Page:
Today, I’m joined by Clara Kensie. Her first book, RUN TO YOU, has been serialized. Part one is out now! Enjoy!
1. When did you start writing?
I’ve always enjoyed writing, but only as a hobby. I took creative writing in high school and college and I gave a couple half-hearted attempts at writing a book over the years, but I never got beyond a chapter or two. In November of 2008, I got the idea for RUN TO YOU in a grocery store parking lot, went home, and wrote the entire thing in two months. I had to revise it eleventy squizzillion times, but I consider that cloudy day in November 2008 to be the first day of my writing career.
2. Are you a pantser or a planner?
The first draft of RUN TO YOU was pantsed. Revising that mess was so agonizing and took so long, that now I am a devoted plotter. But those little things that make a book special—a romantic line of dialogue, or an endearing character quirk—those aren’t planned or plotted. Those come when I’m deep in writer-mode and seem to appear out of nowhere. Those things are pantsed, and they’re the part of writing that brings me the most joy.
3. Can you give us an idea of your writing process?
Before I write one word of my manuscript, I brainstorm and outline the plot based on Michael Hague’s Six Stage Plot Structure in a fantastic mind-mapping program called Scapple. Then I start writing in the even-more fantastic writing program, Scrivener. I write the first draft as fast as I can, without going back to edit. If I realize something needs to change, I make an annotation, then keep moving forward as if I’d already made the revision.
When the first draft is done, I print it out and make notes with my favorite pen, a red fine-point Sharpie (which I’ve named Amazing Grace). Using those notes, I re-write the entire thing, which also means lots of brainstorming. I use Scapple to brainstorm everything from the overall plot down to each scene. There are major revisions in this draft. This is by far the hardest draft to write and it takes me the longest. But it’s also the most rewarding. I love taking that mess of a first draft and turning it into something readable.
Once the second draft is finally finished, I send the manuscript to my trusty critique partners. Then the revision process begins again as I incorporate my CPs’ feedback. After a final polish, I send the manuscript to my editor (the esteemed Natashya Wilson, executive editor at Harlequin Teen, is my editor for RUN TO YOU) and/or agent (the fantabulous Laura Bradford). Of course, then the revisions start all over again, beginning with the edit letter, then the line edits, etc. I use Scrivener, Scapple, and Amazing Grace for those, too.
4. Which authors have influenced your work?
I started reading Stephen King when I was way too young, and he gave me a desire to read and write books with a darker twist. RUN TO YOU has influences of King’s CARRIE and FIRESTARTER. And I have to thank J.K. Rowling and Stephenie Meyer for introducing me to YA, and especially for making YA popular with adults. After I read HARRY POTTER and TWILIGHT, I went to Scott Westerfeld’s UGLIES and Lemony Snickett’s A SERIES OF UNFORTUNATE EVENTS. After that, I never stopped reading YA. Reading YA ignited that writing passion in me, and it made me want to write YA.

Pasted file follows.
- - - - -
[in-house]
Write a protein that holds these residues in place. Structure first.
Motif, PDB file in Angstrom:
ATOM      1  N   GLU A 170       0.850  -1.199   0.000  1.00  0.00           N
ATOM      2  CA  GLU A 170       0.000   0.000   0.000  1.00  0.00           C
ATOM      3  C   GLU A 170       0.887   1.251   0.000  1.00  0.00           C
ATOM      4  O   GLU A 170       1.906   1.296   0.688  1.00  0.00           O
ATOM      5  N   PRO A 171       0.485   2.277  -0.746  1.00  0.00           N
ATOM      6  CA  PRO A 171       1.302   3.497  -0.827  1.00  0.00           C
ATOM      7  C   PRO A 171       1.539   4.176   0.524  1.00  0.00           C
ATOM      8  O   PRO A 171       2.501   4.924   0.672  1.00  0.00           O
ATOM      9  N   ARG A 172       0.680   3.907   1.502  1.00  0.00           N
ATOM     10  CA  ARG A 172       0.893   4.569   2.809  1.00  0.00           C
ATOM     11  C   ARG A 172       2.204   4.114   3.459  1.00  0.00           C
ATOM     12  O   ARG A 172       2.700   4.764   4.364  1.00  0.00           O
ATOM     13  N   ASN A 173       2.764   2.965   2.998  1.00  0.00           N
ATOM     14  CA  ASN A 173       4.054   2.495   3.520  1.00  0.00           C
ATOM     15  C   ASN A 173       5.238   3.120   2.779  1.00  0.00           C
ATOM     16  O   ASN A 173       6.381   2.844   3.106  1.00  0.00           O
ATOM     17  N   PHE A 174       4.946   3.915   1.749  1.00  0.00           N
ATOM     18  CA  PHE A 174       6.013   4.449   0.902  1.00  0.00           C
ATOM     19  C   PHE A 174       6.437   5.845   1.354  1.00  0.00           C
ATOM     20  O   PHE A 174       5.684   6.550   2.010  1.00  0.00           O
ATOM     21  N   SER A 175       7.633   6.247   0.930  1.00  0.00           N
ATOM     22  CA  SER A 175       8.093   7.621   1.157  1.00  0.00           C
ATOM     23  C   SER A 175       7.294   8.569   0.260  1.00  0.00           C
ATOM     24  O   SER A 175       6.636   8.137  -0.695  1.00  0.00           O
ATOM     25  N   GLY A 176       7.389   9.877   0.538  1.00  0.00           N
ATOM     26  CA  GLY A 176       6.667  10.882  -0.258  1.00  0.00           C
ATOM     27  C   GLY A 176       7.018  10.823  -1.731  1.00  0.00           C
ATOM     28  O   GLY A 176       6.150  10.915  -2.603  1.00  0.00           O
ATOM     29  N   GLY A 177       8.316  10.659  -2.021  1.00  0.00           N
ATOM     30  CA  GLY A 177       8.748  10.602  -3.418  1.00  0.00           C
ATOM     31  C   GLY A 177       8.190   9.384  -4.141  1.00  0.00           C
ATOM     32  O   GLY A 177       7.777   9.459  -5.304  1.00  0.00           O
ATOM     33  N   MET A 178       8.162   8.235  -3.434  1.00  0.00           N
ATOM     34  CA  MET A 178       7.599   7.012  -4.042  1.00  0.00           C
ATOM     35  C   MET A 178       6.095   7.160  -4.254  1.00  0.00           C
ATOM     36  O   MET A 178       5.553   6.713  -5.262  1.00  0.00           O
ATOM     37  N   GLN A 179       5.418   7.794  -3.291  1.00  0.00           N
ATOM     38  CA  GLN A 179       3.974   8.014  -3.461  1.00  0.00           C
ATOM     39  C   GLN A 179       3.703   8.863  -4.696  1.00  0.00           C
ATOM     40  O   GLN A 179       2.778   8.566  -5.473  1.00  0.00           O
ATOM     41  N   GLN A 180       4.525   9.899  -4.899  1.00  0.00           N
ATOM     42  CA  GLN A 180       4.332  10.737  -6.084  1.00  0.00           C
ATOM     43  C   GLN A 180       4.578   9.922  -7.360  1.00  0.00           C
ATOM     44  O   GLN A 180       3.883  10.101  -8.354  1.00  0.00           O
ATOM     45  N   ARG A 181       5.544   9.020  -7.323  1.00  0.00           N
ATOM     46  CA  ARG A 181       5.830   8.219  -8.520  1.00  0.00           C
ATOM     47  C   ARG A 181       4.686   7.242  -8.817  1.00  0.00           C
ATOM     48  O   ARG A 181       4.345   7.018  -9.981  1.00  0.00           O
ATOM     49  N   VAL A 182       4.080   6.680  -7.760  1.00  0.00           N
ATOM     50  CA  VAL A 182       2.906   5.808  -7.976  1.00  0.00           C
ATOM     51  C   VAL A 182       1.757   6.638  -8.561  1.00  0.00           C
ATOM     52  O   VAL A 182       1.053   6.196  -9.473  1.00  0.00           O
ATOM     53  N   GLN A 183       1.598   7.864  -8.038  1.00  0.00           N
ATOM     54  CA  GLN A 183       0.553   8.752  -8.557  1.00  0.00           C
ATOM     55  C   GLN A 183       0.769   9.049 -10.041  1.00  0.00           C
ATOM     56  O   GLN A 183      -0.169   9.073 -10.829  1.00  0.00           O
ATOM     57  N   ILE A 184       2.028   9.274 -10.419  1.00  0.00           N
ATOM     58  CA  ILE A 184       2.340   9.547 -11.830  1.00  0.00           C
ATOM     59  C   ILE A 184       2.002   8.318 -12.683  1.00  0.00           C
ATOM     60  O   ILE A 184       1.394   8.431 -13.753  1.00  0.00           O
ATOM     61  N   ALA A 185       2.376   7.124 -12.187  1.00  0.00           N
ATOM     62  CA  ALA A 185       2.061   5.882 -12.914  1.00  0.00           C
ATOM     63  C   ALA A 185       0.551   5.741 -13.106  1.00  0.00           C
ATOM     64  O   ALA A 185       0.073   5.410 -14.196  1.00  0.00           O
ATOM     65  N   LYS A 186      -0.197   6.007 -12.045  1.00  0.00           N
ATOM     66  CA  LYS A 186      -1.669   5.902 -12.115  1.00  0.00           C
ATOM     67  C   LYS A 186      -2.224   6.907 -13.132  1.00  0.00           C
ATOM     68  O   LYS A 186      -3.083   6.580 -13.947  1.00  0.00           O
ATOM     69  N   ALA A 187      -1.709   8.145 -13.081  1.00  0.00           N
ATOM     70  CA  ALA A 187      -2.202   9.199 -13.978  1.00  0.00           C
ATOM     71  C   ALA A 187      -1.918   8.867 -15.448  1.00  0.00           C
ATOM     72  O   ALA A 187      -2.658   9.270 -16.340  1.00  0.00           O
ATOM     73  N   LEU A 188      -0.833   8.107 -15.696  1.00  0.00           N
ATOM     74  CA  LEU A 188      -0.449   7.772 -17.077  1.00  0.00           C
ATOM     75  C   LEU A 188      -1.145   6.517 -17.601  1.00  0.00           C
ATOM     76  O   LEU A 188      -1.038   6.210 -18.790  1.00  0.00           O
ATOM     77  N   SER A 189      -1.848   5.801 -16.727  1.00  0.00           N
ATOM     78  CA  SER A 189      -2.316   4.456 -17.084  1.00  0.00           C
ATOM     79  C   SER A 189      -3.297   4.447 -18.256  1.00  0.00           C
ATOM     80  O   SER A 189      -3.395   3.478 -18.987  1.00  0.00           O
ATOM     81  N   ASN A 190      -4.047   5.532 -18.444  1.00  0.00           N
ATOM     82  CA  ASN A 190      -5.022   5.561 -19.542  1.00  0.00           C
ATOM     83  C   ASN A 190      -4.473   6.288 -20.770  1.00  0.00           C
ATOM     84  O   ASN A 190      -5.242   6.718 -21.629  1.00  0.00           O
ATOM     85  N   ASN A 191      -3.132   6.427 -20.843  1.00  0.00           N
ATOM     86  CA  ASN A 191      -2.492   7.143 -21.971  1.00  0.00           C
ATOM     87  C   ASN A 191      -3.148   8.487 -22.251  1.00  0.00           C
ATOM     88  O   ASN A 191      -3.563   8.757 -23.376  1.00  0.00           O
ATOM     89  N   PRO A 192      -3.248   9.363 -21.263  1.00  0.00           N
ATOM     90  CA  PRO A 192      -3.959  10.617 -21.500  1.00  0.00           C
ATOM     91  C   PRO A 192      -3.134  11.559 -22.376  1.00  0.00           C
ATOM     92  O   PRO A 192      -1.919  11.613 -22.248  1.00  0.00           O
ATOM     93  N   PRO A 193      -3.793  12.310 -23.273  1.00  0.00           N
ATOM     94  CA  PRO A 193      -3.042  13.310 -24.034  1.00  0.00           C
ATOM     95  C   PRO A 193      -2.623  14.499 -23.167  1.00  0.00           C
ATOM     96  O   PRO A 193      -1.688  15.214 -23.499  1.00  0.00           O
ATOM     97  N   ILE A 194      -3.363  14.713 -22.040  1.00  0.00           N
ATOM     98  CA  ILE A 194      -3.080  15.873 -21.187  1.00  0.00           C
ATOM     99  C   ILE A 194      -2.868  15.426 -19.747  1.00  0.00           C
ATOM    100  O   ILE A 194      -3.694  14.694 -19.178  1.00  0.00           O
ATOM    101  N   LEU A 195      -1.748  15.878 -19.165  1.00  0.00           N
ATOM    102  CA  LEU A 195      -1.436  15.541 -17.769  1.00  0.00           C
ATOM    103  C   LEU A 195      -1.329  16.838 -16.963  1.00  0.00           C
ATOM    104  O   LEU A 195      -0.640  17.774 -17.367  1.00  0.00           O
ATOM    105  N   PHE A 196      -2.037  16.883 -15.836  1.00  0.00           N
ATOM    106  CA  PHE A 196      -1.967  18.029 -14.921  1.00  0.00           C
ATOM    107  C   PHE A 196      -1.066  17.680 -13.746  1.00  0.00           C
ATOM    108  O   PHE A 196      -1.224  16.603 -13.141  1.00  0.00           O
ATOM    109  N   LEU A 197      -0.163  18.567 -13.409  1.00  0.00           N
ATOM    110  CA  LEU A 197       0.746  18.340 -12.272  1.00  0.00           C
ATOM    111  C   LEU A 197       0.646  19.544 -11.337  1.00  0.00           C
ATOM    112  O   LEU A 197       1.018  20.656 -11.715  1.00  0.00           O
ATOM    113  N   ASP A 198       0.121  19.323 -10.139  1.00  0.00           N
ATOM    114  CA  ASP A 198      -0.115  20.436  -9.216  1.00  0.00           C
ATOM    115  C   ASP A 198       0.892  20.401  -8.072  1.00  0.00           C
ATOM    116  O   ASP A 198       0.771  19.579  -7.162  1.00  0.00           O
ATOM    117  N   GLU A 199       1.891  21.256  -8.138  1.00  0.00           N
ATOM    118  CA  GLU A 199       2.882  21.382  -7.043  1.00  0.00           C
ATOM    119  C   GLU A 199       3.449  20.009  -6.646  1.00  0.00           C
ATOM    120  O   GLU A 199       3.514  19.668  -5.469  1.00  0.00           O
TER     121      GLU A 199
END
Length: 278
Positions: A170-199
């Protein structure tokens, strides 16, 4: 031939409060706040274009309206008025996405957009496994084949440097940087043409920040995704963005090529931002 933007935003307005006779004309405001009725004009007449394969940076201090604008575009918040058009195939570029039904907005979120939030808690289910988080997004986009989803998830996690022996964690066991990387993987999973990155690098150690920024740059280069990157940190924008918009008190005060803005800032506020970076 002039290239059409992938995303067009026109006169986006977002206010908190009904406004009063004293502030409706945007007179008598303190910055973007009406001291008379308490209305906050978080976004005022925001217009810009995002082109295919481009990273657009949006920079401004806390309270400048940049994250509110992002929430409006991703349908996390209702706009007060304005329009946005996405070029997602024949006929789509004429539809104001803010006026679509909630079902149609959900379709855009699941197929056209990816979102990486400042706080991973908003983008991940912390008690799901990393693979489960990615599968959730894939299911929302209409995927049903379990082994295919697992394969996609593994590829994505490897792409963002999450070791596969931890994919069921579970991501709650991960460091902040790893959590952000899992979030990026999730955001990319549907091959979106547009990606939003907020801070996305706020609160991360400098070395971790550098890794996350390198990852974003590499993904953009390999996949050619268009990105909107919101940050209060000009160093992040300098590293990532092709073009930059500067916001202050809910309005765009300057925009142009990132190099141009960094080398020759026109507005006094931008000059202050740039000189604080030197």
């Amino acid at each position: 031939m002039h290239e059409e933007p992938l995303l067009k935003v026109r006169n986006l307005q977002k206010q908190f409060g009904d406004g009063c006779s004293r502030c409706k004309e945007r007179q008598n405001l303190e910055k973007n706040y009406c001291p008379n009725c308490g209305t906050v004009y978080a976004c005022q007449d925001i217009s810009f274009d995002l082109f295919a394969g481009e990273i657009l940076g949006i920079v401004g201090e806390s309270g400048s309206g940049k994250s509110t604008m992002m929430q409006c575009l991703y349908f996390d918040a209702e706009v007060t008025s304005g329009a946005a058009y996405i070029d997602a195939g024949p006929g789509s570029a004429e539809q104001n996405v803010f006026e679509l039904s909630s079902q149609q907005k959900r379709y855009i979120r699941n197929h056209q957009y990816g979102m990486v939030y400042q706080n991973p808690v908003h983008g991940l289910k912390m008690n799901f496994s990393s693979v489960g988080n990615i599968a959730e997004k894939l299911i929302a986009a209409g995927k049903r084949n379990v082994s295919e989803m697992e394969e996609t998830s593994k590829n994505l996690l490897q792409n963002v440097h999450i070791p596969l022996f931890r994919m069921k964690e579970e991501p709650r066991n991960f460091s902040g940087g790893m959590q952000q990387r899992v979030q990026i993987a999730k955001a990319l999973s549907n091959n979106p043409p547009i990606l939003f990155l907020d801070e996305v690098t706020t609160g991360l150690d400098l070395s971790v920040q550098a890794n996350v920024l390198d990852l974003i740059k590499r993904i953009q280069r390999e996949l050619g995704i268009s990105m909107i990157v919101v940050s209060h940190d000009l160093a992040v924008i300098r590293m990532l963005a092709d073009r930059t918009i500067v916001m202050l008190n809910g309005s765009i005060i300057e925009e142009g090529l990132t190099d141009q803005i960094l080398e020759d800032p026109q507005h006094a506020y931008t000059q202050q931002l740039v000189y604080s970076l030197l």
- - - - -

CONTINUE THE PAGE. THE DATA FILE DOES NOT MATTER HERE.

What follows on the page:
5. What are your plans/future projects/new releases that we should be aware of?
RUN TO YOU is my debut, a full-length novel that Harlequin Teen is publishing as a three-part serial with weekly releases. The adventure begins February 2014 — Part 1: First Sight on February 1, Part 2: Second Glance on February 8, and Part 3: Third Charm on February 15.
The adventure continues in June 2014 with the sequel to RUN TO YOU, also a full-length novel releasing as a three-part serial — Part 4: Fourth Shadow on June 1, Part 5: Fifth Touch on June 8, and Part 6: Sixth Touch on June 15.
I’m currently working on a dark, dark, dark YA contemporary. After that is a YA romantic mystery/thriller with elements of magical realism. I have an endless list of future projects. All of them are YA except for one New Adult, and they are a mixture of paranormals and contemporaries.
6. Any tips for new writers?
Write the following quote in big fancy letters, print it out, and hang it near your computer where you will see it every day:
Comparison is the thief of joy.
Don’t compare yourself to other writers. It only leads to discouragement and jealousy, and that sucks the joy out of writing. Everyone has their own successes and failures. Celebrate every one of your successes, no matter how small.
7. Any tips for old writers?
Please refer to my answer for question #6. 😉
Thank you so much for having me on your lovely blog, Jen!
Clara Kensie grew up near Chicago, reading every book she could find and using her diary to write stories about a girl with psychic powers who solved mysteries. She purposely did not hide her diary, hoping someone would read it and assume she was writing about herself. Since then, she’s swapped her diary for a computer and admits her characters are fictional, but otherwise she hasn’t changed one bit.
Today Clara is the author of romantic paranormal thrillers for young adults. Her first book, RUN TO YOU, a super-sized three-part serial from Harlequin TEEN, begins February 1, 2014 with weekly releases. The sequel, also a super-sized three-part serial, begins June 1, 2014.
Her favorite foods are guacamole and cookie dough. But not together. That would be gross.
Tumblr – The Glass Jar On My Desk
Instagram – clara_kensie
Goodreads – Clara Kensie